Of course, our own fallen nature and unruly desires and rash judgments—as well as the craftiness of the devil—can move us to neglect our privileged relationships in favor of lesser gifts of God that we might use wrongly: money, pleasures, our own will and immediate gratification.

The Savior, however, has made our treatment of our neighbor to be the standard of our spiritual life. This is made very clear in the Gospel lessons about the last judgment that we will be hearing in the next two weeks and at the beginning of Advent. Other people may make it hard for us to love them, of course, but this is just the challenge of the Lord’s cross, by which he loved us even, as the apostle tells us, “while we were yet sinners.”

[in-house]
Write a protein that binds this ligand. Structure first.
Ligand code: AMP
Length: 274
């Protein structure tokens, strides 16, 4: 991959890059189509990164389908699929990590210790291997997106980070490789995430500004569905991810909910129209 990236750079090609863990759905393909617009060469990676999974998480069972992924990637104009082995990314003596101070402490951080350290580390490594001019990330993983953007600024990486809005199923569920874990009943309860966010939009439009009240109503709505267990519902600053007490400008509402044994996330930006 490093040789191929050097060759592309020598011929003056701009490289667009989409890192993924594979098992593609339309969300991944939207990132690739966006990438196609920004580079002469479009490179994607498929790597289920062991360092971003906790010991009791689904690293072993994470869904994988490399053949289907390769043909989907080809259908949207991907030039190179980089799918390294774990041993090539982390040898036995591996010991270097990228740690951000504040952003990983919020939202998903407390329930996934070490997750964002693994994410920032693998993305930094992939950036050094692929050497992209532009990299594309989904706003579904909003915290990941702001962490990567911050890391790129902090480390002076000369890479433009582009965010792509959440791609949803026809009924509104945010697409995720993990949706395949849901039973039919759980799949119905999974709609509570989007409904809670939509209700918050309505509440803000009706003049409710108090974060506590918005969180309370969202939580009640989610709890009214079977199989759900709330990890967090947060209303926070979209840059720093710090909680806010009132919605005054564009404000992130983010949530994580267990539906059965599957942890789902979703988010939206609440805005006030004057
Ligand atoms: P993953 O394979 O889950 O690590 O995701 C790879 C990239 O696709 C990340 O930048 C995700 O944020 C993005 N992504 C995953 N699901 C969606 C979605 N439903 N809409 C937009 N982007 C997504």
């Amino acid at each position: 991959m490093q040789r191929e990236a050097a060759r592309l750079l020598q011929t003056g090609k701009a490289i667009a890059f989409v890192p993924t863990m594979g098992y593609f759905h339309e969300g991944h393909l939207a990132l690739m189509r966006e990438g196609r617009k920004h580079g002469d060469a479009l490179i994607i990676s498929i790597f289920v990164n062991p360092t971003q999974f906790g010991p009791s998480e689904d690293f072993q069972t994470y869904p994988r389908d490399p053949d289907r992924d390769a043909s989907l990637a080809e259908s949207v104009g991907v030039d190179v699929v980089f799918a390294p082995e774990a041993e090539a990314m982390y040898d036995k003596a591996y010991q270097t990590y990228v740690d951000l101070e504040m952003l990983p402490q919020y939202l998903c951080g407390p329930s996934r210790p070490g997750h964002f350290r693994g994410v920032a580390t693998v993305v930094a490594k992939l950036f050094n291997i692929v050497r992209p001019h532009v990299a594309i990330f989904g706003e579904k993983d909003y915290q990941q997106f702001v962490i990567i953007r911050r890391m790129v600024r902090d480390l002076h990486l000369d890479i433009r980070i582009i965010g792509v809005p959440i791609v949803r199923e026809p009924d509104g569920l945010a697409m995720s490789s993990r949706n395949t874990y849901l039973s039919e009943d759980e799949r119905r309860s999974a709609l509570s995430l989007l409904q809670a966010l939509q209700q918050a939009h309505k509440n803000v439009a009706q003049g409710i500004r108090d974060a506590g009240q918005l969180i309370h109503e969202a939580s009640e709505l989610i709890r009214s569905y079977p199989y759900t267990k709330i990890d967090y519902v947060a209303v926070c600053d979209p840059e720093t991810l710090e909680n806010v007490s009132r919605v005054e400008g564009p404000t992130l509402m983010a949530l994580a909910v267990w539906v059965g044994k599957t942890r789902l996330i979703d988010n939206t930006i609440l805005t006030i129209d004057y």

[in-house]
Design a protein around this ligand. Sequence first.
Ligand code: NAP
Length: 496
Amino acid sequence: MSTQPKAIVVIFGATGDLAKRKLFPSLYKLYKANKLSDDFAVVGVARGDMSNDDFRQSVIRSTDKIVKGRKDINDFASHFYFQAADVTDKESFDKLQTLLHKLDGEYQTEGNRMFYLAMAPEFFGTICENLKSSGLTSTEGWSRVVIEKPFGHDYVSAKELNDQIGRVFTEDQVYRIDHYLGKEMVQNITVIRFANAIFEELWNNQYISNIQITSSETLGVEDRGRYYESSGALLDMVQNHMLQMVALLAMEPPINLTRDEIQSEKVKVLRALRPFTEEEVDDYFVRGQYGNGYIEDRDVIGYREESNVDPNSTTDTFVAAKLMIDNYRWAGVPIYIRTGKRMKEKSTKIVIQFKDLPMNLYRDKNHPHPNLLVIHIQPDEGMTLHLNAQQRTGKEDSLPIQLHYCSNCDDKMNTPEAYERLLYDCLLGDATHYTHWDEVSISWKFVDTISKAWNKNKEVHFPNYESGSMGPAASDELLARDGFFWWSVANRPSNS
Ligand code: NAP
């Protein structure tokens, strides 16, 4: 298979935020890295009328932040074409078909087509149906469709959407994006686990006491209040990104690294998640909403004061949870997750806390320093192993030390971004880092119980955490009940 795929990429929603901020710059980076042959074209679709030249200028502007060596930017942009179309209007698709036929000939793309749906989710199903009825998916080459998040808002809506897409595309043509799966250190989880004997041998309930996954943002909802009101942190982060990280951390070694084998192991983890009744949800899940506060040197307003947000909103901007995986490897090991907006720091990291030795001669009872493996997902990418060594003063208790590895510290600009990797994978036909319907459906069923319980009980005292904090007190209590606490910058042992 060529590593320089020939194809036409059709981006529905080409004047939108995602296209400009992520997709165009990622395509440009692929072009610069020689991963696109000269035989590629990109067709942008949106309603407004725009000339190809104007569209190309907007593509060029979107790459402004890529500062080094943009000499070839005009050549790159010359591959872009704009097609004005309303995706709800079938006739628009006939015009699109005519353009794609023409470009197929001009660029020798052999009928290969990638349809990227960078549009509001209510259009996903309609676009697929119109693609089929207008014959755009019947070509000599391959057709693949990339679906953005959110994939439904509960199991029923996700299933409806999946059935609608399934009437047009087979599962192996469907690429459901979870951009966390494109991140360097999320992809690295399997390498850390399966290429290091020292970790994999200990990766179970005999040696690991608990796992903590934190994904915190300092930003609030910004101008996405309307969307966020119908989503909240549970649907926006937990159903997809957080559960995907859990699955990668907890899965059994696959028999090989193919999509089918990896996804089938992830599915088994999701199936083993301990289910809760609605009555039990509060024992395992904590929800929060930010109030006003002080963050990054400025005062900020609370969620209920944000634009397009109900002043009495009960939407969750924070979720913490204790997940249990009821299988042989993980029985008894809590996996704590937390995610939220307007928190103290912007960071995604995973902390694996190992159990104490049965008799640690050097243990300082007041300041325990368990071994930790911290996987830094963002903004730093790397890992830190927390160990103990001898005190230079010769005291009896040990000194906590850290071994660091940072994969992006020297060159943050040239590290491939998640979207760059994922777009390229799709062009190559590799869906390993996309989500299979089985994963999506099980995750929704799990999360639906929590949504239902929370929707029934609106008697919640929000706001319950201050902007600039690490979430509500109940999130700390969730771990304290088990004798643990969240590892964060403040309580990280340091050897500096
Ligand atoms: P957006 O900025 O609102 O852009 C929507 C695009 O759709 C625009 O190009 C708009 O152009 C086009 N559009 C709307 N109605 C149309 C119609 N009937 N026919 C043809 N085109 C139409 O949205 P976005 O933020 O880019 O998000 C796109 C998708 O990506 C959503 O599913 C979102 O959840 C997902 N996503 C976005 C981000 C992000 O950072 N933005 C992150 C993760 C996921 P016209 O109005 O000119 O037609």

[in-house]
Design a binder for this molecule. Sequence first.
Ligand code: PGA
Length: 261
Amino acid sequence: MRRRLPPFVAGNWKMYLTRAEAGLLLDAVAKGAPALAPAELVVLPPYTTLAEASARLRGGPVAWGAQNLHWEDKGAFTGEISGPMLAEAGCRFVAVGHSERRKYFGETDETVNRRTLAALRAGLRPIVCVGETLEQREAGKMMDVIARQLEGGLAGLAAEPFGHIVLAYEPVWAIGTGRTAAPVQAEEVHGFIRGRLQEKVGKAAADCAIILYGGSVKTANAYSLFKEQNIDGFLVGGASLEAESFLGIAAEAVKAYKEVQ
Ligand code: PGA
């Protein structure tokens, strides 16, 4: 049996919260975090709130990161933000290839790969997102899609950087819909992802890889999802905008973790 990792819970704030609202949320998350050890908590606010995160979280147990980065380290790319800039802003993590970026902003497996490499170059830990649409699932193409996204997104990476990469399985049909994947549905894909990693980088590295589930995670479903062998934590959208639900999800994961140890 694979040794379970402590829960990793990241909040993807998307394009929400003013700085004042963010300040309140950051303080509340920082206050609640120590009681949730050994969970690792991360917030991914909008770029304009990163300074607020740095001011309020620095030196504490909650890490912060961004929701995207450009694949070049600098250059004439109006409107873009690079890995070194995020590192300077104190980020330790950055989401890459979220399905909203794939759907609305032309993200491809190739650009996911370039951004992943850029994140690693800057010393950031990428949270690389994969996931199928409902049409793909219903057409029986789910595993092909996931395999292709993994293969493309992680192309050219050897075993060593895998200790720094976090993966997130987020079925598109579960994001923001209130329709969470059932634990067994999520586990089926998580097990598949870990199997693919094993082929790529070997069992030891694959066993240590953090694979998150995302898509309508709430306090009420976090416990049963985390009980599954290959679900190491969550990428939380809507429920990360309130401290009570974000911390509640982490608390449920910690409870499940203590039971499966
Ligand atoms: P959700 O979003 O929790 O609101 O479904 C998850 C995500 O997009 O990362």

The good wife in today’s reading obviously views her husband and her household as her greatest talent, and this love of hers moves her to use all her other talents in their service. The same should go for husbands at the service of their wives, and all of us in the service of each other.

Let’s examine our consciences on this point and strive to recognize the goodness of the Lord in his gift of our most important relationships. The surly, ungrateful servant views them just as burdens, not discerning the divine generosity poured out upon him. Thus his judgement is severe. Let us be grateful and loving and eager to use our talents well—loving all those whom Jesus has given us—that we might receive still greater rewards in the happy community in the heavenly wedding feast for which we are all preparing.